Steelers Beat Writer

Dale Lolley is a contributor to the Observer-Reporter and has been covering the Pittsburgh Steelers since 1993.

Just give Najee the ball!

Yeah, I know, the Steelers are last – again – in the league in rushing after two weeks, averaging just 57 yards per game.

But two weeks into the 2021 NFL season, no running back has played a higher percentage of his team’s offensive snaps than Steelers rookie Najee Harris.

The team’s first-round draft pick has played all but three of the team’s offensive snaps this season. His 111 total snaps were tied with Carolina’s Christian McCaffrey for the second-most of any NFL running back through two weeks. Only the Cowboys’ Ezekiel Elliott, with 114 snaps played, has been on the field more.

Now, the next step is to actually get him the ball.

Despite the high percentage of snaps, the Steelers’ rookie is tied for 17th in the league in overall touches with 32. McCaffrey is second in the league behind Tennessee’s Derrick Henry of the Titans with 59 touches. Henry leads the league with 61, nearly twice as many as Harris.

The Steelers have wanted to weave Harris into their offense slowly – despite his large percentage of snaps on the field – but with the defense and quarterback Ben Roethlisberger nicked up heading into this weekend’s game at Heinz Field against the Bengals, it might be time to take the kid gloves off. Run the offense through him.

Harris got 17 touches – 16 rushes and one catch – in the Steelers’ 23-16 win over the Bills in Week 1. But he was utilized less in Week 2, particularly as a runner, getting just 10 carries for 38 yards, though he did produce five catches for 43 yards and a touchdown in the passing game.

“We didn’t win, so we need to do a lot of different things. We thought he improved from (Week) 1 to 2, as far as being comfortable with things,” offensive coordinator Matt Canada said when asked if he needs to increase Harris’ workload. “Our job is to get everybody more involved.”

But that has to start with Harris, a 6-2, 230-pound running back who catches the ball well out of the backfield.

The Steelers did do that more last week against the Raiders, as Harris caught all five of his targets to get to 15 touches in the game, leading to 81 yards produced.

The Steelers went into this season with the demand from team president Art Rooney II to run the ball better after finishing dead last in rushing in 2020 – something that led to Canada replacing Randy Fichtner as the team’s offensive coordinator.

Two games into the season, however, little has changed. Perhaps more damning is the fact that only the Jaguars have run it fewer times than the 35 rushing attempts the Steelers have this season.

Winning on first down is the key. And thus far, the Steelers have averaged more yards per play simply handing the ball to Harris on first down than they have throwing it. Harris has averaged 4.9 yards per rushing attempt on first down. When the Steelers have thrown the ball on first down, they have averaged 4.5 yards per play.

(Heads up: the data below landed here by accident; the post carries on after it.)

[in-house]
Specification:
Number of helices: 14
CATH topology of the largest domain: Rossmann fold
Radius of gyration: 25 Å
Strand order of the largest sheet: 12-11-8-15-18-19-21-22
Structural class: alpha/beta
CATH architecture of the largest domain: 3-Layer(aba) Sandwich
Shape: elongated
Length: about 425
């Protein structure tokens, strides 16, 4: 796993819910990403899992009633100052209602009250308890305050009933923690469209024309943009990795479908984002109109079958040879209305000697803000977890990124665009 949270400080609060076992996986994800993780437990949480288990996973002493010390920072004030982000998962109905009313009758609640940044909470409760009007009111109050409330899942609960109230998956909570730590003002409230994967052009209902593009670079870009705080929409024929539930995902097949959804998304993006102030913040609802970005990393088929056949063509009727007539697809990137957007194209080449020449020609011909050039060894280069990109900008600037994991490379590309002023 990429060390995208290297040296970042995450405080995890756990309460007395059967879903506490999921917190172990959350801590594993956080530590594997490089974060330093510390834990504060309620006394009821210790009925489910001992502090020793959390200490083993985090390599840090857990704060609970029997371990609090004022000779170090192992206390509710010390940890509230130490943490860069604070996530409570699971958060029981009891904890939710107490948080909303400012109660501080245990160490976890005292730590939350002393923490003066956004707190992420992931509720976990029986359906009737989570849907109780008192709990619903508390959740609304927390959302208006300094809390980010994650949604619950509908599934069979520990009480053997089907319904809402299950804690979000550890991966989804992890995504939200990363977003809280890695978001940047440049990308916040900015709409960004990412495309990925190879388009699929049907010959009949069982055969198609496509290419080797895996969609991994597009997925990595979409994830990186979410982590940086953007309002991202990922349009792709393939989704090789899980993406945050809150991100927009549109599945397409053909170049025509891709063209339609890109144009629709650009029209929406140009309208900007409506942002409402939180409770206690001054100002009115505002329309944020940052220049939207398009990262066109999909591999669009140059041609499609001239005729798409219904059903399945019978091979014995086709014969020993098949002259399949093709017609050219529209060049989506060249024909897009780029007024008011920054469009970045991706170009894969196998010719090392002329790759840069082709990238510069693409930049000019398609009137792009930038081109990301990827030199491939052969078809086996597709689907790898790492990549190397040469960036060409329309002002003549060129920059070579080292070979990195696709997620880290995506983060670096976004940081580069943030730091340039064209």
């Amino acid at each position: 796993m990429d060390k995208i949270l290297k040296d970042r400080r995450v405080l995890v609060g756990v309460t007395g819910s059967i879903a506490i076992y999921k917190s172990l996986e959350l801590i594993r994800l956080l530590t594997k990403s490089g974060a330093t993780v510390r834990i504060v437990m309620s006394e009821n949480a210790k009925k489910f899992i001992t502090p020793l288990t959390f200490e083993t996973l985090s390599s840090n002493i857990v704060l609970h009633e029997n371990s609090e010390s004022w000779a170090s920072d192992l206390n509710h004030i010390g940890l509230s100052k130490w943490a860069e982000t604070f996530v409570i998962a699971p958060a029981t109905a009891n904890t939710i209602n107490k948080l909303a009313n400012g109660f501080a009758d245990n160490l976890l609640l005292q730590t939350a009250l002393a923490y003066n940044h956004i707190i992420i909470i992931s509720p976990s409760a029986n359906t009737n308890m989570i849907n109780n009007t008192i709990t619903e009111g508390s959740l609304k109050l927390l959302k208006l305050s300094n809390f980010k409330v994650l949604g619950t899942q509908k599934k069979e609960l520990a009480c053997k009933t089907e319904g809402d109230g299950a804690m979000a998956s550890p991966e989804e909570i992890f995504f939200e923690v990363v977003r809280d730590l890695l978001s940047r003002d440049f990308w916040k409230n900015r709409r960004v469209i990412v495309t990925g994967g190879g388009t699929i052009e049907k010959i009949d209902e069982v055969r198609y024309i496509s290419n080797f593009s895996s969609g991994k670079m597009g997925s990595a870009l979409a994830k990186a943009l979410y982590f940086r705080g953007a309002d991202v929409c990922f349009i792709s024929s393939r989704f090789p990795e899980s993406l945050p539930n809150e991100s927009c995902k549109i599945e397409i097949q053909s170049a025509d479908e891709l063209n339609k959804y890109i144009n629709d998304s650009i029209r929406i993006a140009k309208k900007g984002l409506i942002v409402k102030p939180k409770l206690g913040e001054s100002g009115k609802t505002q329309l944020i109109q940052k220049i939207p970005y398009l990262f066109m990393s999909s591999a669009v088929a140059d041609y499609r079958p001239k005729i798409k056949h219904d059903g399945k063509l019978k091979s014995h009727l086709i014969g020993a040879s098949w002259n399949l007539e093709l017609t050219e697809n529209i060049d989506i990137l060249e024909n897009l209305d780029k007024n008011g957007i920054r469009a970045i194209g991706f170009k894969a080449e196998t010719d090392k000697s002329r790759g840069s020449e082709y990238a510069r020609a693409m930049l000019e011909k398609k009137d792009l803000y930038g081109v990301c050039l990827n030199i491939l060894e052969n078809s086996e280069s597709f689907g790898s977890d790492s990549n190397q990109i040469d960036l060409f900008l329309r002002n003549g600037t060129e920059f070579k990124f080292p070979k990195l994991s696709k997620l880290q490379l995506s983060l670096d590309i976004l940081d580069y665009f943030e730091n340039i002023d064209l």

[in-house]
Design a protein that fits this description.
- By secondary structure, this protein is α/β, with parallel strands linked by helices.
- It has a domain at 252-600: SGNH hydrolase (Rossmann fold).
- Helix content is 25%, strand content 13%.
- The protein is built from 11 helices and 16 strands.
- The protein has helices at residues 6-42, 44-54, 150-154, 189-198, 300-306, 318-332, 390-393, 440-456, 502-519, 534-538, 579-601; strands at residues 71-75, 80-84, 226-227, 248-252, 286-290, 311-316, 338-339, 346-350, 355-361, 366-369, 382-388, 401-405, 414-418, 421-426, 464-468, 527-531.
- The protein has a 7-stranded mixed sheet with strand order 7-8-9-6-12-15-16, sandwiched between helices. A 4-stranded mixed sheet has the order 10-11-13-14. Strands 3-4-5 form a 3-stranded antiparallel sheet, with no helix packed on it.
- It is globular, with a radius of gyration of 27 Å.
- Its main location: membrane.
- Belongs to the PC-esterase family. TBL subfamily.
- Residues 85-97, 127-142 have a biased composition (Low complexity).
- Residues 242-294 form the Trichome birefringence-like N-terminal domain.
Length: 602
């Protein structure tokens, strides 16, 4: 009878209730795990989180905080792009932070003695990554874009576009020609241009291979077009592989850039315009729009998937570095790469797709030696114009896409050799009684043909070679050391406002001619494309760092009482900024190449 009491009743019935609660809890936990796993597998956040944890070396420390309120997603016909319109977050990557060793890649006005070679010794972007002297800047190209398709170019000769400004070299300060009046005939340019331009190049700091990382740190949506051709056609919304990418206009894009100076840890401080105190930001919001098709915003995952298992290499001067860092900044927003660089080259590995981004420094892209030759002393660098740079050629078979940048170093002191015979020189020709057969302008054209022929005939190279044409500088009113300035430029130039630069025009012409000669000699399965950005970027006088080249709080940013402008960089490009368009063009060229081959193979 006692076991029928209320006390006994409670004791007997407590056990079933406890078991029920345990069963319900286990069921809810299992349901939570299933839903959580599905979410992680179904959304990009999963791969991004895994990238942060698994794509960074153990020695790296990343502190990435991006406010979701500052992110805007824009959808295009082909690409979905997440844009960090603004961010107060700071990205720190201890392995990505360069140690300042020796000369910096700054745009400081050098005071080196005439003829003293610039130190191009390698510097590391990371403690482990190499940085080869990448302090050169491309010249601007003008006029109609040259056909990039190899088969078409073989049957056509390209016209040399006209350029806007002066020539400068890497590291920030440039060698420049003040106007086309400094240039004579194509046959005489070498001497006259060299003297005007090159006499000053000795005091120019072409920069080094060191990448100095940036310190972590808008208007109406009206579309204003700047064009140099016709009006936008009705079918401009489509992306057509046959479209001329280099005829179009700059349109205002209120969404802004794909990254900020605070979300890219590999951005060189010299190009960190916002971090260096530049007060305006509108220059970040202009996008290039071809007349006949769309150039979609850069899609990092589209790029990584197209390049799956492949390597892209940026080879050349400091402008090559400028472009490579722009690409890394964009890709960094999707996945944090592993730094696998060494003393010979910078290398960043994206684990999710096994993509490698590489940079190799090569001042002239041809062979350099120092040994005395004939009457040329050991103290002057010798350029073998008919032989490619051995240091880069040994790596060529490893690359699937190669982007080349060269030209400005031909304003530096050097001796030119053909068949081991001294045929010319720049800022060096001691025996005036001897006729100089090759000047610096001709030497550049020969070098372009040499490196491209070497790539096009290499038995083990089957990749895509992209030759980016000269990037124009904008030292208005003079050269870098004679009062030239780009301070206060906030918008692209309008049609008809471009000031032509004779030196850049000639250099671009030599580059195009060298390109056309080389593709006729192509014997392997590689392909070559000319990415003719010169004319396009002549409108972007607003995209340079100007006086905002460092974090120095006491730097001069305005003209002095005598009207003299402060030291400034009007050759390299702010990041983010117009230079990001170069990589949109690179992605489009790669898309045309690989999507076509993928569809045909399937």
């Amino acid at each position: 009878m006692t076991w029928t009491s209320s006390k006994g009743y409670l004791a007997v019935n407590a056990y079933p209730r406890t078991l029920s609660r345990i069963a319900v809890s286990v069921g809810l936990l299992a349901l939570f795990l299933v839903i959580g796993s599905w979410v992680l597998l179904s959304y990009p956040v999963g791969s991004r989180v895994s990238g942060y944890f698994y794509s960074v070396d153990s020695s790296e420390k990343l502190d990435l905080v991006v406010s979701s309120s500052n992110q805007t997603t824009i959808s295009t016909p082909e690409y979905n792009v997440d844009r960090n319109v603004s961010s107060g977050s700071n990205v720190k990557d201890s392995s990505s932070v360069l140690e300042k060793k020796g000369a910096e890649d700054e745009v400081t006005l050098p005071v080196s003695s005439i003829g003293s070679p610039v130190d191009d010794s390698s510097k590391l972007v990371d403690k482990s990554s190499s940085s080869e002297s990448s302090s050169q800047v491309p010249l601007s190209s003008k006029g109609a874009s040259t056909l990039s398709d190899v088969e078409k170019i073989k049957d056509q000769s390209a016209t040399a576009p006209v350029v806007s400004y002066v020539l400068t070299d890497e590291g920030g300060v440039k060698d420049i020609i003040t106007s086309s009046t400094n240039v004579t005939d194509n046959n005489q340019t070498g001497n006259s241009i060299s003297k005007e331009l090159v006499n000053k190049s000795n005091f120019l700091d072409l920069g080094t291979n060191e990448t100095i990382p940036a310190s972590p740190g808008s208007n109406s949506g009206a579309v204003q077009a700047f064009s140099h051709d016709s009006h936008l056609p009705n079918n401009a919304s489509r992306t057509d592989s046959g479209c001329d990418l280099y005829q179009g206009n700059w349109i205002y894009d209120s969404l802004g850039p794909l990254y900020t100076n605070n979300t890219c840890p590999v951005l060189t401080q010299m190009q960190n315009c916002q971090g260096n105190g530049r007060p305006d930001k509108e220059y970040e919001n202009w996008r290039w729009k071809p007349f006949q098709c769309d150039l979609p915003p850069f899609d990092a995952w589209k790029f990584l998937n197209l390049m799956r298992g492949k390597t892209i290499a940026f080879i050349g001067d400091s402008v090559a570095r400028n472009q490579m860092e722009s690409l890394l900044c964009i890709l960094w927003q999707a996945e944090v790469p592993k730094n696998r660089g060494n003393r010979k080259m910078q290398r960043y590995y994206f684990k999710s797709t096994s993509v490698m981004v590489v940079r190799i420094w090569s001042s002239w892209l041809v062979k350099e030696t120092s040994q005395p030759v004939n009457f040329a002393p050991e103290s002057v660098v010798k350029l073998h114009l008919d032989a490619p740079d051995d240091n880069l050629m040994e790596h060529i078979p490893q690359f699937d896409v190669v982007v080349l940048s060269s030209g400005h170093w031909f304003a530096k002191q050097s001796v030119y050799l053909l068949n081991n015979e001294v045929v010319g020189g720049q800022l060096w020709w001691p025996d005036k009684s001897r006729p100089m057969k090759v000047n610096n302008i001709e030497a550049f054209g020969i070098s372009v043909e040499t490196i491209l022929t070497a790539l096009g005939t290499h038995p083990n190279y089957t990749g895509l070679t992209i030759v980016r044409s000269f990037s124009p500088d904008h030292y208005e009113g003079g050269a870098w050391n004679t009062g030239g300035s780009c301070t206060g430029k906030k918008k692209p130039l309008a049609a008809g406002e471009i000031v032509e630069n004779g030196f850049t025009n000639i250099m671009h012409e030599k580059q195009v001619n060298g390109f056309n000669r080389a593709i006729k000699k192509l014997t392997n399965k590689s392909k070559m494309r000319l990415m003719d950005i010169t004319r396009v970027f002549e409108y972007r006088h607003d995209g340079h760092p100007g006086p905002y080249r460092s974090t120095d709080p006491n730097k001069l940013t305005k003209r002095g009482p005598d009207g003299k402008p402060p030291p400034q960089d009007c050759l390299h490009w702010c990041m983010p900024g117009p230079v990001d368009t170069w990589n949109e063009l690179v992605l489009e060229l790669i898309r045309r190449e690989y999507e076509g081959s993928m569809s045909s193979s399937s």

Some big runs have helped that. Harris has had runs of 18, 14 and 9 yards on first-down plays, meaning he has gained 23 yards on his other 10 first down carries. But he also has been stopped behind the line of scrimmage on four of those other six first down runs.

Compare that to the 12 of 28 passing plays the Steelers have run on first down this season, and perhaps simply giving the ball to Harris on first down doesn’t seem all that outrageous, despite analytics showing that it’s usually better to throw on early downs than it is to run.

Oh, and it means Roethlisberger could get hit less.

This week’s picks

Bengals (plus 3) at Steelers: Necessity is the mother of invention. With No. 1 receiver Diontae Johnson hobbled, the Steelers might be forced to actually lean on Harris and a bigger offensive package that includes the tight ends and maybe even a fullback. The Bengals are better, but Roethlisberger always plays better when wounded. The Steelers should be able to put good pressure on Joe Burrow, as well. He’s been sacked nine times in Cincinnati’s first two games. Take the Steelers, 24-17.

Bears (plus 7) at Browns: Justin Fields will make his first career start for the Bears, which makes this interesting. Fields’ running ability will give Cleveland fits. He might not do enough to win the game, but Chicago’s defense will keep this close, as well. Take the Bears to cover in a 24-20 loss.

Ravens (minus 8½) at Lions: This one makes me a little nervous, too, since Lamar Jackson didn’t practice much this week after carrying a heavy load again and finally beating the Chiefs. But the Ravens are simply the better team. Can they win by more than a touchdown on the road? Yep. Take the Ravens, 31-14.

Colts (plus 5) at Titans: The Colts are a wounded animal right now and are playing a ridiculously tough stretch. But they likely won’t have starting quarterback Carson Wentz in this game – not that he would have made a difference. Take the Titans, 27-16.

Dolphins (plus 3 ½) at Raiders: The Dolphins shocked the Raiders in Las Vegas last year, but that was with Ryan Fitzpatrick playing quarterback. They will start Jacoby Brissett in this game, and while Brissett isn’t bad, he’ll struggle behind a bad offensive line against the Raiders pass rush. Take the Raiders, 26-20.

Last Week: 2-3 straight up, 1-4 ATS; Overall: 5-7 straight up; 4-6 ATS

Dale Lolley covers the Steelers for and writes a Sunday column for the Observer-Reporter.

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